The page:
Inland stoppings and searches in areas away from the borders are a different matter altogether. Thus, in Almeida-Sanchez v. United States, 92 the Court held that a warrantless stop and search of defendant’s automobile on a highway some 20 miles from the border by a roving patrol lacking probable cause to believe that the vehicle contained illegal aliens violated the Fourth Amendment. Similarly, the Court invalidated an automobile search at a fixed checkpoint well removed from the border; while agreeing that a fixed checkpoint probably gave motorists less cause for alarm than did roving patrols, the Court nonetheless held that the invasion of privacy entailed in a search was just as intrusive and must be justified by a showing of probable cause or consent. 93 On the other hand, when motorists are briefly stopped, not for purposes of a search but in order that officers may inquire into their residence status, either by asking a few questions or by checking papers, different results are achieved, so long as the stops are not truly random. Roving patrols may stop vehicles for purposes of a brief inquiry, provided officers are ”aware of specific articulable facts, together with rational inferences from those facts, that reasonably warrant suspicion” that an automobile contains illegal aliens; in such a case the interference with Fourth Amendment rights is ”modest” and the law enforcement interests served are significant. 94 Fixed checkpoints provide additional safeguards; here officers may halt all vehicles briefly in order to question occupants even in the absence of any reasonable suspicion that the particular vehicle contains illegal aliens.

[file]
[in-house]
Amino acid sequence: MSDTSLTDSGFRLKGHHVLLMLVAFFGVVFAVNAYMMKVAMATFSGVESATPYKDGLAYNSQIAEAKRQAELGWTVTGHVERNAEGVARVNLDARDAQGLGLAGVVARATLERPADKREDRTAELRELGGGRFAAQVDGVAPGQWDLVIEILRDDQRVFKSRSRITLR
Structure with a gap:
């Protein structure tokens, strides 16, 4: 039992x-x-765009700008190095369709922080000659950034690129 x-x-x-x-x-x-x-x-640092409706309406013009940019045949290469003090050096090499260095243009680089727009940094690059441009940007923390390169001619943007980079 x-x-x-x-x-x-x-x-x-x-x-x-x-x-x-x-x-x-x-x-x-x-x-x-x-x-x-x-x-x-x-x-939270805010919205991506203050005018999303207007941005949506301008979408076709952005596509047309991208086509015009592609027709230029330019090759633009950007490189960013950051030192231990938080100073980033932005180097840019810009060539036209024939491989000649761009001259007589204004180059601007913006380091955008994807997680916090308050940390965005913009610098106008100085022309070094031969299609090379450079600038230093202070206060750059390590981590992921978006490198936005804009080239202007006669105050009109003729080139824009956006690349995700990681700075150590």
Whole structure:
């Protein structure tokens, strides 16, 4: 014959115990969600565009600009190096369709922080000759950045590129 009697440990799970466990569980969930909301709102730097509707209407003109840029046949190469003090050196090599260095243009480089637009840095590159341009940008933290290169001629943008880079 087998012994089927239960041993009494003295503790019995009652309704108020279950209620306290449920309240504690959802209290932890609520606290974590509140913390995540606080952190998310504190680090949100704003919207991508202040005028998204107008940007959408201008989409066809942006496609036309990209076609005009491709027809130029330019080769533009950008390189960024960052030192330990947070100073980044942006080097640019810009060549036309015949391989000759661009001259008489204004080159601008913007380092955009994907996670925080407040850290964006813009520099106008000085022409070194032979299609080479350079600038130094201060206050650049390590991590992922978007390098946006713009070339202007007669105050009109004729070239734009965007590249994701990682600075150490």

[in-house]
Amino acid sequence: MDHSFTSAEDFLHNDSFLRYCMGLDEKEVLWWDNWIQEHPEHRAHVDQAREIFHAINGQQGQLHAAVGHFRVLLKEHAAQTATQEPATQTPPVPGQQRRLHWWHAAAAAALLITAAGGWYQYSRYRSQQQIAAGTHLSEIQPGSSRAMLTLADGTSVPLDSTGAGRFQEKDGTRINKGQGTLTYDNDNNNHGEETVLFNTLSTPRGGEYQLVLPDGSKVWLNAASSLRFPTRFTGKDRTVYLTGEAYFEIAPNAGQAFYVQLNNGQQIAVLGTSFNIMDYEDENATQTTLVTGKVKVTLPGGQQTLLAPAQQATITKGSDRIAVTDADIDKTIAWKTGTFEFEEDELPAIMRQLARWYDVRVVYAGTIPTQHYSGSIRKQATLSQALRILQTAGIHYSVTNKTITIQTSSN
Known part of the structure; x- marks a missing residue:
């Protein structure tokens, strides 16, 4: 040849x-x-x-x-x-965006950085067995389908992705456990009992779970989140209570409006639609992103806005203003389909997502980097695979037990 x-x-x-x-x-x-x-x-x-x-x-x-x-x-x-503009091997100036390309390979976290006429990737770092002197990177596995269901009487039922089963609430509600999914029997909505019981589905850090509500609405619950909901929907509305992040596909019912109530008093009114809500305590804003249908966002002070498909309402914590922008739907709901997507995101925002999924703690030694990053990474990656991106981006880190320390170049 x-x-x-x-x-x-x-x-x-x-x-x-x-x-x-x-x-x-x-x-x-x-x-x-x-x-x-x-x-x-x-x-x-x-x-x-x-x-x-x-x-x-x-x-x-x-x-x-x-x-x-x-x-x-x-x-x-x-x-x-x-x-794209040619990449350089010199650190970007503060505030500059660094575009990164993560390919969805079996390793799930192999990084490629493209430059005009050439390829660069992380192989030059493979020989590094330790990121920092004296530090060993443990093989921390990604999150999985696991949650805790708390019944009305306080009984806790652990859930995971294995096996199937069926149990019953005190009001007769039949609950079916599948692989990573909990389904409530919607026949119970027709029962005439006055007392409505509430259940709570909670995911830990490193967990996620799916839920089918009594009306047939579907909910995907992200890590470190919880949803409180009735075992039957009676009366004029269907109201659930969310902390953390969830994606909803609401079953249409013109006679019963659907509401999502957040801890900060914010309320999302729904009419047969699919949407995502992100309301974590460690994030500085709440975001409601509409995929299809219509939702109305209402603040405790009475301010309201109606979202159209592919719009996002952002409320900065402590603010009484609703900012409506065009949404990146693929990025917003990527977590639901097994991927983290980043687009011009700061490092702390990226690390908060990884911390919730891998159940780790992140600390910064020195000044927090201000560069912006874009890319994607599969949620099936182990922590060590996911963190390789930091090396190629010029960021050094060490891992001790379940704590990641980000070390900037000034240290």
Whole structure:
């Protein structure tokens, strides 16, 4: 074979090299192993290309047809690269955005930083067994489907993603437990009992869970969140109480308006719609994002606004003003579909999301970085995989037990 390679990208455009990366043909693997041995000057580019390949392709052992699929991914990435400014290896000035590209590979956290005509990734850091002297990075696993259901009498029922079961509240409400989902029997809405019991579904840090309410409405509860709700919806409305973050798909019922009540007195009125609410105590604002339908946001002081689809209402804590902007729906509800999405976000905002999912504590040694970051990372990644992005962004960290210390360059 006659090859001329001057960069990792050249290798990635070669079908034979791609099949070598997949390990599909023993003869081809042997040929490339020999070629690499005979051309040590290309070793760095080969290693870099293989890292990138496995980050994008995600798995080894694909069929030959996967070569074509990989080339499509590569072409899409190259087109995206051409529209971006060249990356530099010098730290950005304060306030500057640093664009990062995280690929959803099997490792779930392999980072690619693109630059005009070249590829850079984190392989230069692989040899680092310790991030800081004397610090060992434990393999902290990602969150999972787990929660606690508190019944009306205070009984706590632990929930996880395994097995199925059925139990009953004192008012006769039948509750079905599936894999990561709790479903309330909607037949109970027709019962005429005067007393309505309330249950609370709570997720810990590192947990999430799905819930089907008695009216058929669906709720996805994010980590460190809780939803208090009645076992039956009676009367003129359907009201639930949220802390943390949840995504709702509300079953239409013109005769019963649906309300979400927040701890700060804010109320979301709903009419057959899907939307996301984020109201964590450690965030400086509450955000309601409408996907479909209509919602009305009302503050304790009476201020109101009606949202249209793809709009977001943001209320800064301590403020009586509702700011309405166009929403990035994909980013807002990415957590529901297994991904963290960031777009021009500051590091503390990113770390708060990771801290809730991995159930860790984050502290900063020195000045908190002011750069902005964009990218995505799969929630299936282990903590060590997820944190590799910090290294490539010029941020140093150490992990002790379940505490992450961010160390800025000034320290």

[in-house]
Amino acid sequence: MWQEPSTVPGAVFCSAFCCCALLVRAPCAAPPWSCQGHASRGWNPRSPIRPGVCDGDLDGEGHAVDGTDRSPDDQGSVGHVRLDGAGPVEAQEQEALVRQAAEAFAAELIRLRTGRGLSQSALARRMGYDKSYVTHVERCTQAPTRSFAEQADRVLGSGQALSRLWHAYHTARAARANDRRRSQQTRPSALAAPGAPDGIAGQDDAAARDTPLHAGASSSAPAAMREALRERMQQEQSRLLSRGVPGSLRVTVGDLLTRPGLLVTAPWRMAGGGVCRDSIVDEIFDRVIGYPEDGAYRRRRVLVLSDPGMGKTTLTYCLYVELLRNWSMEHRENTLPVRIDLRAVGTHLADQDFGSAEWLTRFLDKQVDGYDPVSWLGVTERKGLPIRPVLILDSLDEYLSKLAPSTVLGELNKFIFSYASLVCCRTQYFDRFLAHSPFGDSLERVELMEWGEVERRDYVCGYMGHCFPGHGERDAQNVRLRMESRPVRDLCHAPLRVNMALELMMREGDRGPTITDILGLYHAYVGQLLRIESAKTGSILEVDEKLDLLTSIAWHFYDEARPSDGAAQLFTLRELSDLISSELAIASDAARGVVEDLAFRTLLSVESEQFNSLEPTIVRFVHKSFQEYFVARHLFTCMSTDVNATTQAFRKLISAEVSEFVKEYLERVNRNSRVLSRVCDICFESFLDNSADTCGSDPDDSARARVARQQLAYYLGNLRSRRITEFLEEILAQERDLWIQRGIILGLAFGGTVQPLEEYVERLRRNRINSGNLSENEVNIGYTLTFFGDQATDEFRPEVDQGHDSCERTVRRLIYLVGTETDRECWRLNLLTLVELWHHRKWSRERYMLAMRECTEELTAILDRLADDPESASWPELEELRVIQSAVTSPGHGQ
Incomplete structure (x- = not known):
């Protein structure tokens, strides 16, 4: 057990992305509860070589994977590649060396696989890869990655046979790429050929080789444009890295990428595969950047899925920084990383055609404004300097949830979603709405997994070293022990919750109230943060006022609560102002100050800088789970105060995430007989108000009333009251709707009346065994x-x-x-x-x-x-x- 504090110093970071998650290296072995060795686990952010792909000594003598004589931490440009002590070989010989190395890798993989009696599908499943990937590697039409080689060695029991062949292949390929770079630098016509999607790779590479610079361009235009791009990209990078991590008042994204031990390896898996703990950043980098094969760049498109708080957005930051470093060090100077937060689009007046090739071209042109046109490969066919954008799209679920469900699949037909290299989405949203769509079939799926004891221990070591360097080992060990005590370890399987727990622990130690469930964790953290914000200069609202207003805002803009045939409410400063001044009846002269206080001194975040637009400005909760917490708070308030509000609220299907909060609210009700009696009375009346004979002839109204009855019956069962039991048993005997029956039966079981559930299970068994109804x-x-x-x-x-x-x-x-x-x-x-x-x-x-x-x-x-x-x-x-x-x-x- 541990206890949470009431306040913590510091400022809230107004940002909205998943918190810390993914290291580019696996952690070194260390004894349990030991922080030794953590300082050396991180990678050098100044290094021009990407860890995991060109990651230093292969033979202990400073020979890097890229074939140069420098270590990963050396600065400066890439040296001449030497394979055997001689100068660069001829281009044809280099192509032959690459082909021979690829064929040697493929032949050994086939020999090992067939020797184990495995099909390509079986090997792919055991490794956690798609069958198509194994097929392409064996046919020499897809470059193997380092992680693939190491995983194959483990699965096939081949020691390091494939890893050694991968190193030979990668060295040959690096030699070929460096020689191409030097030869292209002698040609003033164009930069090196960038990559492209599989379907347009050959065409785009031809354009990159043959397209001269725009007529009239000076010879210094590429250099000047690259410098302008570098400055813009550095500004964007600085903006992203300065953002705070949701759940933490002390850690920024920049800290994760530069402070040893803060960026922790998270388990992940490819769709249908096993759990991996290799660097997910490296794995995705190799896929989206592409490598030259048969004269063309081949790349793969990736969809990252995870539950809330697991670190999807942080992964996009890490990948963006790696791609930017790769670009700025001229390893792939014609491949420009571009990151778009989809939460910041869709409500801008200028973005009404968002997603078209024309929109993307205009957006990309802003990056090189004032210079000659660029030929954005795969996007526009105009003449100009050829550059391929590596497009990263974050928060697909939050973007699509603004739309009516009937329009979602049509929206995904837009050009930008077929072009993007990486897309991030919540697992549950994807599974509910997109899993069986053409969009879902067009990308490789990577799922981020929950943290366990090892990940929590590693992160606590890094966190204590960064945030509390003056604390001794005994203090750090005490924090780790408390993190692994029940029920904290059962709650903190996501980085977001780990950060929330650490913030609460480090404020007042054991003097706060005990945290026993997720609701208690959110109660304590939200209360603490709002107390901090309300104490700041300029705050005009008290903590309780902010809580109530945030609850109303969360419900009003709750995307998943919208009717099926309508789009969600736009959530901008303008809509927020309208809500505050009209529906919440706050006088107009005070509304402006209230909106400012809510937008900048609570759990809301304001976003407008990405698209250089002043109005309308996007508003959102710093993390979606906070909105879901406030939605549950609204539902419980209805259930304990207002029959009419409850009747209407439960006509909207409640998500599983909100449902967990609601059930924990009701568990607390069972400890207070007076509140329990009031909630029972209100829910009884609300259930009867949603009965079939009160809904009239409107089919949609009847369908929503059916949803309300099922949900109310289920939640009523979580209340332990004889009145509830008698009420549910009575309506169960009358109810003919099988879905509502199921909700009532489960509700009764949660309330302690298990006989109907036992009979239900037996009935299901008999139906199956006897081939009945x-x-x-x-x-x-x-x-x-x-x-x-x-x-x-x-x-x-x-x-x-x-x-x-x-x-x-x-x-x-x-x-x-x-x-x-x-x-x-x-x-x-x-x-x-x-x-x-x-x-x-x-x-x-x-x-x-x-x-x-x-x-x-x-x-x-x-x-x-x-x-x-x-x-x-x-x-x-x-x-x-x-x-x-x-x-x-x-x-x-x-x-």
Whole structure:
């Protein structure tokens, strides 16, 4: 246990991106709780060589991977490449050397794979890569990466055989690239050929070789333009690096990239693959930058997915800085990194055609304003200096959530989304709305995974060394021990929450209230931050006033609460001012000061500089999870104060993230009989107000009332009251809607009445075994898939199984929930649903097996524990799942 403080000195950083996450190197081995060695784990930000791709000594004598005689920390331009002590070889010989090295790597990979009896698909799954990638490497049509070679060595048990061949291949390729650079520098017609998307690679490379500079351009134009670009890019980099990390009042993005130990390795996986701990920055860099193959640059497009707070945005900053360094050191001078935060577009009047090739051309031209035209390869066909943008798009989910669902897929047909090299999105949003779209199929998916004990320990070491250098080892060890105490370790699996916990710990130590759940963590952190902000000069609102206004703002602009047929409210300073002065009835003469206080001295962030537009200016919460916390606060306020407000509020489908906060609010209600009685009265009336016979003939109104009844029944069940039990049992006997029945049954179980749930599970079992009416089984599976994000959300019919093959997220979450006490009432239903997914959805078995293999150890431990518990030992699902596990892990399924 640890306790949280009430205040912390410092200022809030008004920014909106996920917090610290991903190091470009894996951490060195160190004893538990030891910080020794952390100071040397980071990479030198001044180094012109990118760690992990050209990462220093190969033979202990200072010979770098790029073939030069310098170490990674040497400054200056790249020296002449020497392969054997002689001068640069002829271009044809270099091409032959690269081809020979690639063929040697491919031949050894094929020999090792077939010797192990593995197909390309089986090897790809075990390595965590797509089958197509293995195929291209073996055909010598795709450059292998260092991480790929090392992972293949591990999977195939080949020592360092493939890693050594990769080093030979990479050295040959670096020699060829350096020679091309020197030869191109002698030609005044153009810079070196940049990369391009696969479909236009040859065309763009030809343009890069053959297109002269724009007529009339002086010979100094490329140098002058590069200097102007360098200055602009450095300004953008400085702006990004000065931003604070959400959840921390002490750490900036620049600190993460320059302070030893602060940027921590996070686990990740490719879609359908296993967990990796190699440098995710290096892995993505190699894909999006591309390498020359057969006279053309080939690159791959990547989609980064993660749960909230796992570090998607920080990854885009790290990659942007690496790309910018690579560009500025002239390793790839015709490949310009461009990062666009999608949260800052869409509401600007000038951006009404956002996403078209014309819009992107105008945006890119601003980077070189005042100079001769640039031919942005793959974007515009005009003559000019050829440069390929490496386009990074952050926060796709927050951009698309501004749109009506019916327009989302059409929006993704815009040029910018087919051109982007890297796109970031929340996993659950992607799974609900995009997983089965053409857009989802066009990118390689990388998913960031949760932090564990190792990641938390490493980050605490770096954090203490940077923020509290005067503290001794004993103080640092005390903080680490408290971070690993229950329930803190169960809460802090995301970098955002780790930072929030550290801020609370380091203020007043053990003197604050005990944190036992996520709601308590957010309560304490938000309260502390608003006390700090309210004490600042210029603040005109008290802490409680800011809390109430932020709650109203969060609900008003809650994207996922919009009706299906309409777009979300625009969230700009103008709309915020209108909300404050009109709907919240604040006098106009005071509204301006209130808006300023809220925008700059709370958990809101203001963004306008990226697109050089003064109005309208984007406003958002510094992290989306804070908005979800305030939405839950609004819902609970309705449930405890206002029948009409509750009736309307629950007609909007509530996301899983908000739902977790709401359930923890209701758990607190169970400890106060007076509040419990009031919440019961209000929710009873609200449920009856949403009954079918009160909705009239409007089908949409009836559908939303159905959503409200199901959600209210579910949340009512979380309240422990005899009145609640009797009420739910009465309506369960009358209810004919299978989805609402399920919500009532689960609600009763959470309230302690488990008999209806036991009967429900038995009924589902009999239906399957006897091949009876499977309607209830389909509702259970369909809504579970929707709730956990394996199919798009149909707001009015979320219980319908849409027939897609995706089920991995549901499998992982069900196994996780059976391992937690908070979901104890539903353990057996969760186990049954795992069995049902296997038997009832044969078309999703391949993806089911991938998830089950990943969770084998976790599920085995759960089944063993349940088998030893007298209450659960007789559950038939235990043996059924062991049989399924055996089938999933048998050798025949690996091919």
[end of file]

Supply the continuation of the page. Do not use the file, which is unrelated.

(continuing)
Only a couple of the cited cases were decided after I graduated and I was aware of them. The absurd broadness of the right for police to search persons in automobiles notwithstanding, I’ve largely accepted this standard as reasonable.
But the current practice—which predates the Trump administration’s crackdown on enforcement—goes well beyond this. Back to Defense One:
At its core, the law allows immigration officers to access private lands—except “dwellings”—within the 25 air miles (28.7 miles) of the border.
Congress also authorized CBP to set permanent and temporary checkpoints, patrol highways, and board buses, trains, and other vehicles “within a reasonable distance” of the U.S. border, which regulations in 1953 set as “up to a 100 miles.”
These regulations were made to allow border officers to intercept unauthorized entrants who had bypassed checks at ports of entry.
“The vast majority of CBP personnel and assets are stationed at the border itself; however, in our mission to safeguard America’s borders, we have a responsibility to track routes into the interior of our country for those who evade capture,” CBP spokesperson Dan Hetlage told CityLab via email.
CBP can set up checkpoints anywhere it wants within the 100-mile zone and “can temporarily seize all vehicles that drive up to an immigration checkpoint… to conduct an immigration inspection,” a spokesperson said. If they feel they have probable cause, they can search the vehicles. Agents at checkpoints also have wide discretion to pull people aside for a secondary inspection, which could last, per some accounts, for up to 40 minutes.